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The Old Regime and the Revolution

The argument of books II and III

With its twelve rigorously ordered chapters, the second book of The Old Regime and the Revolution also constitutes the keystone of Tocqueville's argumentation. His starting point is the paradoxical observation that it was in France that feudal rights had become "more odious" to the peasant world than anywhere else in Europe, although it was precisely in France that they carried the least weight (chapter I). He attempts to shed light on this contradiction by successively evoking the development of France's administrative centralization under the Ancien Régime (chapters II to VII) and then the effects of this on society (chapters VIII to XI). According to Tocqueville, it was centralized administration - one of the distinctive characteristics of monarchic absolutism - that was responsible for the breakup of the society of the feudal world (in particular the links between the lords and the peasants) in the sense that the emergence of a central power that covers society and no longer issues from it took place at the expense of the nobility, which was progressively dispossessed of its local authority. Under such conditions, the last remaining feudal rights - as restrained as they were - could only appear illegitimate in the eyes of peasants who, at great sacrifice, had themselves become owners of their land.   play sound extractlire l'extrait sonore  

« Here I am at the threshold of this memorable revolution; this time I shall not cross it: perhaps soon I may be able to do so. I will not then consider its causes, I shall examine it for itself, and I shall finally dare to judge the society that sprang from it. »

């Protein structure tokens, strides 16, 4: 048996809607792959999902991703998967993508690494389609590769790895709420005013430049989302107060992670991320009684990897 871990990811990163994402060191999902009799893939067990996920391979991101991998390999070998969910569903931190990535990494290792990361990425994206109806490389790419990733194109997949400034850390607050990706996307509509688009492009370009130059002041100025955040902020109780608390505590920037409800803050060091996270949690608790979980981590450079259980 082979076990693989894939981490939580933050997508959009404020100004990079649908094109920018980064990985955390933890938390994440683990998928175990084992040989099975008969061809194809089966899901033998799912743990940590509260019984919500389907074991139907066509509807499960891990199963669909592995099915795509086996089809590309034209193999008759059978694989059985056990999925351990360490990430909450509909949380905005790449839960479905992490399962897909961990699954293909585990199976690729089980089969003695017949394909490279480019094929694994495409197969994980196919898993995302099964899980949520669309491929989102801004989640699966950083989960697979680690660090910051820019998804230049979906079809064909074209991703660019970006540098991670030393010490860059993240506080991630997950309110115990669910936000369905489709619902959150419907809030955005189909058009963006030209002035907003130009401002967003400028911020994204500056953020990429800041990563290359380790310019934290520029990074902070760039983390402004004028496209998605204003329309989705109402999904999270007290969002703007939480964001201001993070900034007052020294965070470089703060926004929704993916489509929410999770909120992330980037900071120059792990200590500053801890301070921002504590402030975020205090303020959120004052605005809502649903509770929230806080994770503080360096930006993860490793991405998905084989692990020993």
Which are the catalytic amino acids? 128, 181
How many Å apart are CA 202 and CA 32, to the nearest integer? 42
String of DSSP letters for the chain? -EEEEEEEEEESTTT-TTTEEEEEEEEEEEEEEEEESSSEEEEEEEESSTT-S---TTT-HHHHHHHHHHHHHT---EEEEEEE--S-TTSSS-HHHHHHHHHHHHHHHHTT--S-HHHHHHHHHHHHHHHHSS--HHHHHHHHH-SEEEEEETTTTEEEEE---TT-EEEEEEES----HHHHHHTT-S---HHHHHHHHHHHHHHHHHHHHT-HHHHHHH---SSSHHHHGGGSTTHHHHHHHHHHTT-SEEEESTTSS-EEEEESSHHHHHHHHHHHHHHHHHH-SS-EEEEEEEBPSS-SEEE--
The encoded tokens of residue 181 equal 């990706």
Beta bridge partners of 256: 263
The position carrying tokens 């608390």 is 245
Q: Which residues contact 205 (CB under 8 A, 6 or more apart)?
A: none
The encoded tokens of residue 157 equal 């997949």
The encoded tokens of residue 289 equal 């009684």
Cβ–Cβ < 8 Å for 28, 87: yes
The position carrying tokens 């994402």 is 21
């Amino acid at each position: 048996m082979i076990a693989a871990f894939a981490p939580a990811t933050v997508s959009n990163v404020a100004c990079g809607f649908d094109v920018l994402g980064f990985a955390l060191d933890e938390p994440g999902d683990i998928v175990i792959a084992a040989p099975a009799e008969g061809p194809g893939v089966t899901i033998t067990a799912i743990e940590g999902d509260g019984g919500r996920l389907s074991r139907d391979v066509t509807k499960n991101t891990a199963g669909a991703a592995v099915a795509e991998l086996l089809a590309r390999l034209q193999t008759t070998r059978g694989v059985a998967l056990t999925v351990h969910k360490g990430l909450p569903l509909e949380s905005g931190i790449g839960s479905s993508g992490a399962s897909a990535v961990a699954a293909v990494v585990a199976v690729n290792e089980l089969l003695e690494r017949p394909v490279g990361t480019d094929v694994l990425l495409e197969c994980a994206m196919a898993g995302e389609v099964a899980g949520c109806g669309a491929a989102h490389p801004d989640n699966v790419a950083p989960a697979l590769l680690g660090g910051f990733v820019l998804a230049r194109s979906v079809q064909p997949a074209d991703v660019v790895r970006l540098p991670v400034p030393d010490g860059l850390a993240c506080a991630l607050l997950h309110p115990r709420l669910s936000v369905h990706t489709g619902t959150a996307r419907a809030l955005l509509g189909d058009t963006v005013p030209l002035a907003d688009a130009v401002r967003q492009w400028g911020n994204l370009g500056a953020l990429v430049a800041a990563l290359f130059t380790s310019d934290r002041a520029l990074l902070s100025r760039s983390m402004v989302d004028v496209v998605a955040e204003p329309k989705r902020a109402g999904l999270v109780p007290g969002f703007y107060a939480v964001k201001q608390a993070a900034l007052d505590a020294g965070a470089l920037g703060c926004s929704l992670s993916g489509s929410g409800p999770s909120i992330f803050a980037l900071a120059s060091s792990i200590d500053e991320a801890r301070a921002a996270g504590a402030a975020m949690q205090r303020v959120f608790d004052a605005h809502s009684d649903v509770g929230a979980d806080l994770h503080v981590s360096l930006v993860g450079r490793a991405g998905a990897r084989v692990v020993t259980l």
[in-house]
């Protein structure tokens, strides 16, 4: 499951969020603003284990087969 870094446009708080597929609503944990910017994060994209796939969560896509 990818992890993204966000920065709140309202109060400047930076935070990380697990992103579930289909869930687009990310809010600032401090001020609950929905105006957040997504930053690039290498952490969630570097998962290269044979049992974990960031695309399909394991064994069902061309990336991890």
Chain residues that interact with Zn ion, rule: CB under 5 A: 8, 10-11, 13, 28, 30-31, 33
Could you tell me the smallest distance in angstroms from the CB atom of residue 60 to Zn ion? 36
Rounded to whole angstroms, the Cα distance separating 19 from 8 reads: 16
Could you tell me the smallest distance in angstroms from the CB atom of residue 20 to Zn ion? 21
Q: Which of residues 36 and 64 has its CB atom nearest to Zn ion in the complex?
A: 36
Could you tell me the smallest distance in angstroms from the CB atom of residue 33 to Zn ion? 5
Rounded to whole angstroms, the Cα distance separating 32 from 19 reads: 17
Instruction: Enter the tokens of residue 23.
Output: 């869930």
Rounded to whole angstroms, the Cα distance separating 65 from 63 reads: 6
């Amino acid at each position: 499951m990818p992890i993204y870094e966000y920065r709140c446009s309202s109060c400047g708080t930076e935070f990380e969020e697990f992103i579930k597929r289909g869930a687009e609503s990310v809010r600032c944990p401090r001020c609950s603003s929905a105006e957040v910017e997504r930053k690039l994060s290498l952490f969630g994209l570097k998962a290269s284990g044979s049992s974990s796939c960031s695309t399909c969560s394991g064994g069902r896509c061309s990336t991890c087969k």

(The Old Regime and the Revolution)

In addition, the entire social organization of the feudal world was weakened by this centralized administration - which, under Tocqueville's pen, becomes not a conquest of the Revolution, but its deepest cause - since the rivalry between a bourgeois class with accrued financial power and a nobility deprived of any real power was exacerbated by its creation of envy in the former and disdain in the latter. The long process of creating equal conditions, which had begun long before the French Revolution and more there than anywhere else - because of the role that the absolutist form of monarchy played in it - ended in the complete disintegration of French society, in which the greatest burden was laid on the backs of the peasants, as the final chapter in the second part recalls. This, according to Tocqueville, was the very social crisis that erupted in 1789.
Having established this, all that remained for Tocqueville to do, in the third and final part of his work, was to determine what were the specific causes that "pollinated" the above-mentioned general causes after 1750 in order to trigger the revolutionary movement. In the first two chapters of the last part, he analyzes the ideological context of the second half of the 18th century, paying particular attention to the role played by the leading figures of the Enlightenment, these "men of letters who became the country's principal politicians" and whose influence was all the greater as their public - particularly in the upper levels of society - were won over in advance by their struggle against religion, which Tocqueville generally considered (since writing Democracy in America) as a cohesive social force and a sort of guarantee of freedom. He takes care to reject the economic argument, according to which France's ruin was at the origin of the Revolution, preferring instead the idea that the prosperity of the kingdom could have brought the Revolution on faster. Finally, he studies how it was the attempts at reform that came from above that themselves lit the spark of the revolutionary process, which "roused the people by trying to offer them relief", and which were "practices thanks to which the government completed the people's revolutionary education", according to the titles of chapters V and VI of the third book. The Old Regime and the Revolution ends on the eve of the Revolution, after having clearly distinguished the impact as well as the tragic sequence of causes, while emphasizing the responsibilities assumed by people. Although Tocqueville did not have the time to complete the vast project to which this work was only an introduction, the work is still one of the most relevant and daring studies of the origins of the French Revolution.

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